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Grayscale partners with SEC to launch an Ethereum Futures ETF on NYSE Arca

Grayscale Investments, the leading digital asset manager, recently filed documents with the US Securities and Exchange Commission (SEC) to introduce an innovative ETF focused on Ethereum (ETH) futures. 

Specifically, the Grayscale Ethereum Futures ETF Trust will be engaged in the purchase and management of Ethereum-related futures contracts within its portfolio. Let’s see all the details below. 

Grayscale’s financial innovation: Ethereum Futures ETF could revolutionize the market 

As anticipated, Grayscale has filed an application with the SEC via a new Form 19b-4 to obtain permission to list an Exchange-Traded Fund (ETF) based on Ethereum futures contracts on the New York Stock Exchange (NYSE) Arca. 

Hence, the digital asset manager aims to incorporate Ethereum futures contracts within the ETF.

On the CME trading platform, two variants of Ethereum-related futures contracts are available: one represents 50 ETH, known as “ETH contracts,” while the other represents 0.10 ether, called “MET contracts.” 

These contracts allow investors to bet on the future price movements of Ethereum without the need to directly own the cryptocurrency.

They function similarly to traditional futures contracts, allowing investors to protect their investments or speculate on Ethereum price fluctuations. Grayscale’s proposed ETF aims to reflect the daily price changes of the two types of ETH contracts in the nearest expiration. 

Grayscale: favorable ruling from the court of appeals and submissions to the SEC

The Form 19b-4 filing also includes the following:

“The trust will deposit an initial margin amount to initiate an open position in futures contracts. A margin deposit is like a cash fulfillment bond. It helps ensure the trader’s execution of the futures contracts he or she buys or sells.”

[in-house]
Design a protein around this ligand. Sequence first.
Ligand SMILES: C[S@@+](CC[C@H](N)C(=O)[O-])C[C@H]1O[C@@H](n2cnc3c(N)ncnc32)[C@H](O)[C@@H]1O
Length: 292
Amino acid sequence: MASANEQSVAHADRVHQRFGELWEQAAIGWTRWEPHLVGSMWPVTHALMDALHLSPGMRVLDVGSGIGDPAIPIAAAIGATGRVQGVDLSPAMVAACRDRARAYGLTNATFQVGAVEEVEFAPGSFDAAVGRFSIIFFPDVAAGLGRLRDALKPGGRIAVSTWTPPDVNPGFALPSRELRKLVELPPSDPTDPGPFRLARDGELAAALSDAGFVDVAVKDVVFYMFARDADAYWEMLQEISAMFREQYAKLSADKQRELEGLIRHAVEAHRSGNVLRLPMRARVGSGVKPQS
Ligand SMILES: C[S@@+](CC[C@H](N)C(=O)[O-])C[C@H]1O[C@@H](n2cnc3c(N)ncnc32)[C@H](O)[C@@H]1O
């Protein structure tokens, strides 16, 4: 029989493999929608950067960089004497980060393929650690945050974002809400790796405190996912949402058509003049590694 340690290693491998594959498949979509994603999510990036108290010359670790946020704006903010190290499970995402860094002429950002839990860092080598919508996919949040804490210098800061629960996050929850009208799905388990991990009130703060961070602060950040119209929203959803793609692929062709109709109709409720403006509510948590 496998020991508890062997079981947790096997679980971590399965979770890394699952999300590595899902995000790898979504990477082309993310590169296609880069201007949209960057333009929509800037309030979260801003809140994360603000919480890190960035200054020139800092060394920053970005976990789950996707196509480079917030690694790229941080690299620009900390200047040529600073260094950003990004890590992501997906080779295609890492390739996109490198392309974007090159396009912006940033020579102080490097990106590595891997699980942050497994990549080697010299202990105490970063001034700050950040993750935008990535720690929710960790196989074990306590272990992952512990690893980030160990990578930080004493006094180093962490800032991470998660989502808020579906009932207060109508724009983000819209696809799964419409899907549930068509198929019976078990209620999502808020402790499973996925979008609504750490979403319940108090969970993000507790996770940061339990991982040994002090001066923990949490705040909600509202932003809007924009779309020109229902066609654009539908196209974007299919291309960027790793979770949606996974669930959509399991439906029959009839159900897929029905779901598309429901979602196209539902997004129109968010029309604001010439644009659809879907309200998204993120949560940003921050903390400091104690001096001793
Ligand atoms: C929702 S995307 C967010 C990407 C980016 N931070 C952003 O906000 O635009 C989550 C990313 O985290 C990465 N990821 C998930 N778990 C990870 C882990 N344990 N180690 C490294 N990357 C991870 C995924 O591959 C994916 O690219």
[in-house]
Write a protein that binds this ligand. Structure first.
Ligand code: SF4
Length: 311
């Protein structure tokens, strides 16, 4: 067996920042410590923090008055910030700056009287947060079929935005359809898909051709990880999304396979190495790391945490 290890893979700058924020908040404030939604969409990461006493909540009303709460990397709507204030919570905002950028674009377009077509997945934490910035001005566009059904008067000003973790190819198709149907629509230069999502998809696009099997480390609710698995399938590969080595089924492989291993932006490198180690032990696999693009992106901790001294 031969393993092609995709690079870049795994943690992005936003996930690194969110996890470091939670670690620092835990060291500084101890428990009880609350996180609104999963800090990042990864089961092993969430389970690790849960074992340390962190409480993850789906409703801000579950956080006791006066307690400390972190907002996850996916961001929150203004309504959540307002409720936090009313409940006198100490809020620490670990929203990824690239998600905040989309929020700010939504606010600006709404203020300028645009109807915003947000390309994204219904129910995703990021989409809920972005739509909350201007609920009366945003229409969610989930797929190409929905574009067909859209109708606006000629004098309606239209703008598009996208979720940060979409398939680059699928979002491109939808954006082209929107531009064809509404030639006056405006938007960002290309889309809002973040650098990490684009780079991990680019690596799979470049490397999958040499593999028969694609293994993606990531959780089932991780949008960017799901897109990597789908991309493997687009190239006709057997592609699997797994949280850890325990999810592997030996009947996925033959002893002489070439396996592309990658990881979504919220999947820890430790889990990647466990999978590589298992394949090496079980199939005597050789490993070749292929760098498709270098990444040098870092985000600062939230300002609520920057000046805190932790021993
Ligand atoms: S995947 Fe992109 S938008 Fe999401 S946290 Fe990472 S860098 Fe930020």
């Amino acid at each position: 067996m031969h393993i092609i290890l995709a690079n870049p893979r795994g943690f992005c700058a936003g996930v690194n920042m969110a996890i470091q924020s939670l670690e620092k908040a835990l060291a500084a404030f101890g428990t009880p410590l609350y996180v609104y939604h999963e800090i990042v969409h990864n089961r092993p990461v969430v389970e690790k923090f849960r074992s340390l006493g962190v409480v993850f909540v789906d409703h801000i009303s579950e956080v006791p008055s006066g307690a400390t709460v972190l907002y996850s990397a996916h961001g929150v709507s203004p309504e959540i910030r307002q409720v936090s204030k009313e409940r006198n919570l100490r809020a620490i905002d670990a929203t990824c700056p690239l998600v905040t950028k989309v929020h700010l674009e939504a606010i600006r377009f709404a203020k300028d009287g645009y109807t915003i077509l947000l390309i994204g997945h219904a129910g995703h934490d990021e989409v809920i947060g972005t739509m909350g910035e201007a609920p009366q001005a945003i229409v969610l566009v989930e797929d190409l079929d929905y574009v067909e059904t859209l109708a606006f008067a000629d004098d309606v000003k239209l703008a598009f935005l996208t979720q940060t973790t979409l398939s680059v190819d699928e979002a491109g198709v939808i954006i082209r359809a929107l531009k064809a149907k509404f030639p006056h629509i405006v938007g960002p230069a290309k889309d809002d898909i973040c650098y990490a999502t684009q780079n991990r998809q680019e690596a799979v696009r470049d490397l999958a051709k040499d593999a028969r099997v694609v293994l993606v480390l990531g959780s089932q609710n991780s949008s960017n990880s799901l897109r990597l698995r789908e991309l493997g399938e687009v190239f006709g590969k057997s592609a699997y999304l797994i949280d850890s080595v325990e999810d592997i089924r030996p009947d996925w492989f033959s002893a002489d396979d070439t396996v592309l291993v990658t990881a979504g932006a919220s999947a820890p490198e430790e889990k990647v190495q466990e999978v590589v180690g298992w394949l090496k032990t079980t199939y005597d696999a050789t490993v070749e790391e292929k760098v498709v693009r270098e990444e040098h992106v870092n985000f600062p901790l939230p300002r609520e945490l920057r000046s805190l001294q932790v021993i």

Grayscale also recently obtained a favorable ruling from the D.C. Circuit Court, which criticized the securities regulator for rejecting Grayscale’s application to list a Bitcoin-based Exchange-Traded Fund (ETF). 

Following this ruling, Grayscale’s attorneys pressed the Securities and Exchange Commission (SEC) for a speedy approval of Grayscale’s Bitcoin ETF.

In the most recent filing with the SEC, Grayscale highlights that the Chicago Mercantile Exchange (CME) operates as a regulated futures market, emphasizing its commitment to oversight, controls and regulatory compliance. 

In the filing, it stresses that such measures are critical to ensuring a fair and transparent trading environment for its offerings, including ETH and MET contracts.

Some background: the approval of Grayscale’s Bitcoin ETP and still problems with the SEC 

On August 29, 2023, the U.S. Court of Appeals, District of Columbia Circuit (Court), issued a unanimous decision granting Grayscale’s request for Securities Exchange Commission (SEC) review regarding its Bitcoin Exchange Traded Product (Grayscale ETP). 

Hence, the Court reversed the rejection order previously issued by the SEC. Specifically, the Court criticized the SEC for its “arbitrary and capricious” treatment of Grayscale’s ETP and for its inconsistency in dealing with essentially identical cases by simultaneously approving Teucrium and Valkyrie Bitcoin futures ETPs.

Indeed, the court pointed out that Teucrium and Valkyrie’s ETP futures had virtually identical spot market price exposure to that proposed by Grayscale. 

In addition, the price exchanges for these ETPs had identical oversight sharing agreements with the CME, where bitcoin futures are traded. Therefore, the Court concluded that Grayscale had demonstrated that its proposed bitcoin ETP was materially similar, based on relevant regulatory factors, to approved bitcoin futures ETPs.

In addition, the Court found that the evidence presented by Grayscale directly addressed the SEC’s concerns, including the concern about Grayscale’s possible influence on the CME futures market. 

The Court pointed out that the SEC had failed to adequately explain its decision in light of the evidence presented.

The Court concluded by recalling the legal principle that administrative judgment must be consistent and predictable, implying that similar cases should be treated similarly. 

Because the SEC had failed to provide a sufficient explanation for the difference in treatment between different FTEs, the Court accepted Grayscale’s request for review and reversed the SEC’s earlier order.

Alessia Pannone
Alessia Pannone
Graduated in communication sciences, currently student of the master's degree course in publishing and writing. Writer of articles from an SEO perspective, with care for indexing in search engines.